Most veterinary team members have pets. And most veterinary team members work 8-hour shifts. But a new U.K. study says five hours should be the maximum time dogs should be left home alone. Animal welfare experts report that virtually one quarter of dogs are being left alone for such long periods of time that they're at risk of loneliness, distress, depression, and separation anxiety.
Researchers found 23 percent of dog owners in the United Kingdom leave their dogs unattended for five hours or longer on a typical weekday—or they don't bother to monitor the time at all. The U.K. report conducted by the research firm YouGov surveyed 11,261 pet owners—including 4,675 dog owners and veterinary professionals. Researchers found 52 percent of dog owners think a dog should be left alone a maximum of five hours a day. Seventeen percent consider six hours the ideal limit, and 15 percent say eight hours should be the limit. Four percent of respondents said a dog is fine on its own for upward of 10 hours.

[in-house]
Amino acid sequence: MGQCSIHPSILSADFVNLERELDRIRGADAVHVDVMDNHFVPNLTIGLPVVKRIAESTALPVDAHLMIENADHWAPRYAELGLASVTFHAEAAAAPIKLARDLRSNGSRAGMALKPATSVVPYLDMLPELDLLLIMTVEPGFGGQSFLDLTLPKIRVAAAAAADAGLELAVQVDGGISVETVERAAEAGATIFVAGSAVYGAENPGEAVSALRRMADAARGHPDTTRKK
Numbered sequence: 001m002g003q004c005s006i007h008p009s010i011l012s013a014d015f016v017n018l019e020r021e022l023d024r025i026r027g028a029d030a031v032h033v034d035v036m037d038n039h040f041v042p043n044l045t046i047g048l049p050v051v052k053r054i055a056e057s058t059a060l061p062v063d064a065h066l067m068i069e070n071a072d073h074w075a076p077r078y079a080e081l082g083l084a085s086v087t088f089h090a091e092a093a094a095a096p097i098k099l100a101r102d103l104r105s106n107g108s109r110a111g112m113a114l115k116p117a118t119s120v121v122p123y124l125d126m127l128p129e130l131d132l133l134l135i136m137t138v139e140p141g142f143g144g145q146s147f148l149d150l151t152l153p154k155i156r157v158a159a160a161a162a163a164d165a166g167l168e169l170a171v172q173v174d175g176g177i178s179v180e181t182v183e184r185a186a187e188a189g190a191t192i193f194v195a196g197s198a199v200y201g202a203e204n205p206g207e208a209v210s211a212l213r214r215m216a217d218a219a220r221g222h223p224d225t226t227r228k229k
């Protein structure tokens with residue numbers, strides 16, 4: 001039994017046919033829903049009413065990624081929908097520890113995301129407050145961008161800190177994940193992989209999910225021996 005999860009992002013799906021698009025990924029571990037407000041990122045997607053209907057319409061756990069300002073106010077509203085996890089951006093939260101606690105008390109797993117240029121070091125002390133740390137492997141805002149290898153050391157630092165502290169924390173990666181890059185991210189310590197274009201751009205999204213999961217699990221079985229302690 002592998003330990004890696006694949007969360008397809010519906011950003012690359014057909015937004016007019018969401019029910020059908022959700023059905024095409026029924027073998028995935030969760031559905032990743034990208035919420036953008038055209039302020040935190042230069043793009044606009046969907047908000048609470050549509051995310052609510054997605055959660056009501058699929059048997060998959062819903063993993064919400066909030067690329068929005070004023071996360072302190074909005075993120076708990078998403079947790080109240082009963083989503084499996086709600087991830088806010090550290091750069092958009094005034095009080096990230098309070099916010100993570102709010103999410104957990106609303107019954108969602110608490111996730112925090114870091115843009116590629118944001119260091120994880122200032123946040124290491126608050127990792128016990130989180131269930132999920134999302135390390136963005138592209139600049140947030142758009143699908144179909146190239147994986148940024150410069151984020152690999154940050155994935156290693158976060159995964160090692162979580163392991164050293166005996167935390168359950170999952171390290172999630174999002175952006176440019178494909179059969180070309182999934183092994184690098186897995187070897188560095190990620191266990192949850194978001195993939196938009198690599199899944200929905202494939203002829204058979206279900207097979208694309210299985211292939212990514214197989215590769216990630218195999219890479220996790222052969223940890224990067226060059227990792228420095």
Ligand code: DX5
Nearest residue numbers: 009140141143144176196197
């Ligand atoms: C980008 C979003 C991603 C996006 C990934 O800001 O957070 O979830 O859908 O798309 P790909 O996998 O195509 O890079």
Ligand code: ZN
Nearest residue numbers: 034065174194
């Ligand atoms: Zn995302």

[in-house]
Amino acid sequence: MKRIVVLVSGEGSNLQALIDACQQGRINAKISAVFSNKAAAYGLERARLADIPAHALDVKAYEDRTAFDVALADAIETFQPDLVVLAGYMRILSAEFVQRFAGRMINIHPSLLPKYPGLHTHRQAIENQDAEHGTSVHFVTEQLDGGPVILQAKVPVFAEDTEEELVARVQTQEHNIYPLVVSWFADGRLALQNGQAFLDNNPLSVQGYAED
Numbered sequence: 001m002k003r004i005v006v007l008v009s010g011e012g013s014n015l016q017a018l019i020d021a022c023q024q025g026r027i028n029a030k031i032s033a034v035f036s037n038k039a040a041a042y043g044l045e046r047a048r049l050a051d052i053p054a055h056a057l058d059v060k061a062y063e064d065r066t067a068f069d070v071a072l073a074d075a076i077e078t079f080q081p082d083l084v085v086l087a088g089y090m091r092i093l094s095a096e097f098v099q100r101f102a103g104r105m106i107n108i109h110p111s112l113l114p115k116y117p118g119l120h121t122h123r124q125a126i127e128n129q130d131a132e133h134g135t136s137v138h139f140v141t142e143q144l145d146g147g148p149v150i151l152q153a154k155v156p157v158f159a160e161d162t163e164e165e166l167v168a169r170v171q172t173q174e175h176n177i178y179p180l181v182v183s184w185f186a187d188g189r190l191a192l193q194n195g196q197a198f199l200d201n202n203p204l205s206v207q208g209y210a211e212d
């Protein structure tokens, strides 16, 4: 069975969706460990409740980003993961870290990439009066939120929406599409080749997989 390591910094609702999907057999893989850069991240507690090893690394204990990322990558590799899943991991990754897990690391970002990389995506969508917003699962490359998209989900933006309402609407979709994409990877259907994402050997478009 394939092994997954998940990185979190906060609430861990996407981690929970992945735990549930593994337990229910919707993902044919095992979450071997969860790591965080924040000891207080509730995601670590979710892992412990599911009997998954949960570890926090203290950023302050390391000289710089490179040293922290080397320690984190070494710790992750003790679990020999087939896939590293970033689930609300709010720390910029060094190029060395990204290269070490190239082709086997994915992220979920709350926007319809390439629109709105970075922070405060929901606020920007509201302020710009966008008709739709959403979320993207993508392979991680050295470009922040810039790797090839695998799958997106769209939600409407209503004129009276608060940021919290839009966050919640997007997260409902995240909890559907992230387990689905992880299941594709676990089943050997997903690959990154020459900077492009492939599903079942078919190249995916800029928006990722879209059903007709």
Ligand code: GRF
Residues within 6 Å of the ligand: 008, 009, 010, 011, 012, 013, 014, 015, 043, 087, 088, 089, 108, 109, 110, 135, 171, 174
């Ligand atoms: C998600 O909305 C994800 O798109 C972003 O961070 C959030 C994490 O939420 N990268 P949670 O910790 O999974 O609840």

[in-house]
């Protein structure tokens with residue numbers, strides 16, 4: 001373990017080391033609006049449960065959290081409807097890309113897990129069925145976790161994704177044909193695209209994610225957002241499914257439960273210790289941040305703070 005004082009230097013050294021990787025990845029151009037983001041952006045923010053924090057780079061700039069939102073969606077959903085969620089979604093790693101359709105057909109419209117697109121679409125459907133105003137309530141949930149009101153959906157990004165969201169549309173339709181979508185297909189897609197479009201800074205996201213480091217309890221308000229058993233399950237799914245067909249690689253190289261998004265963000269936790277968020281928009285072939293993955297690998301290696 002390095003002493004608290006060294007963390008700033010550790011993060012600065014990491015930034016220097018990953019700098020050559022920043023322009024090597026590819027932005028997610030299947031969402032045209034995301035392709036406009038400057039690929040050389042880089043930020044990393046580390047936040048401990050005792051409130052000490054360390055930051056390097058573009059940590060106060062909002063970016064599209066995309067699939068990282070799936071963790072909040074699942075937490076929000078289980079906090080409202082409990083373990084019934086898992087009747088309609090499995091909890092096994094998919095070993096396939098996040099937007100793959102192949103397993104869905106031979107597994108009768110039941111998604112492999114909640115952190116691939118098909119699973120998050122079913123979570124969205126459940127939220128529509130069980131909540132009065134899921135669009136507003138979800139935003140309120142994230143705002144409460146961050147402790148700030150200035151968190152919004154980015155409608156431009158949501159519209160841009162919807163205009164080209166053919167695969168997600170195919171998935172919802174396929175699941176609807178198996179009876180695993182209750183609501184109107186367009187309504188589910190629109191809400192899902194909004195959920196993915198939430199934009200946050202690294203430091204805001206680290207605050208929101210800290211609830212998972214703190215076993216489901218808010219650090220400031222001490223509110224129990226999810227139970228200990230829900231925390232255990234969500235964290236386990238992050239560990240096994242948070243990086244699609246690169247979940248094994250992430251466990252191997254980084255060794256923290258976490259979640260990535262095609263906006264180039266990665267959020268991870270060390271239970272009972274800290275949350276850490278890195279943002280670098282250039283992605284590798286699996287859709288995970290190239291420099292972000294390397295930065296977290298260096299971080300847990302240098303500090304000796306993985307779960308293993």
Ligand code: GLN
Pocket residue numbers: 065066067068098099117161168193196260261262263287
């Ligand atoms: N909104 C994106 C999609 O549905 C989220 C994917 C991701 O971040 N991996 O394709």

The four to five hour limit is recommended by best-practices set forth by the United Kingdom's Animal Welfare Act. In the U.S., however, the question of how long is too long to leave Sadie home alone remains a subject of fierce debate. Research studies on this topic have yet to be conducted, but there is research that shows different dogs tend to have different social needs. While hounds are extremely social animals and need lots of attention, working breeds and guard dogs are perfectly happy for 10 to 12 hours alone. According to veterinary pharmaceutical companies, between 15 and 17 percent of dogs suffer from separation anxiety when left alone too long.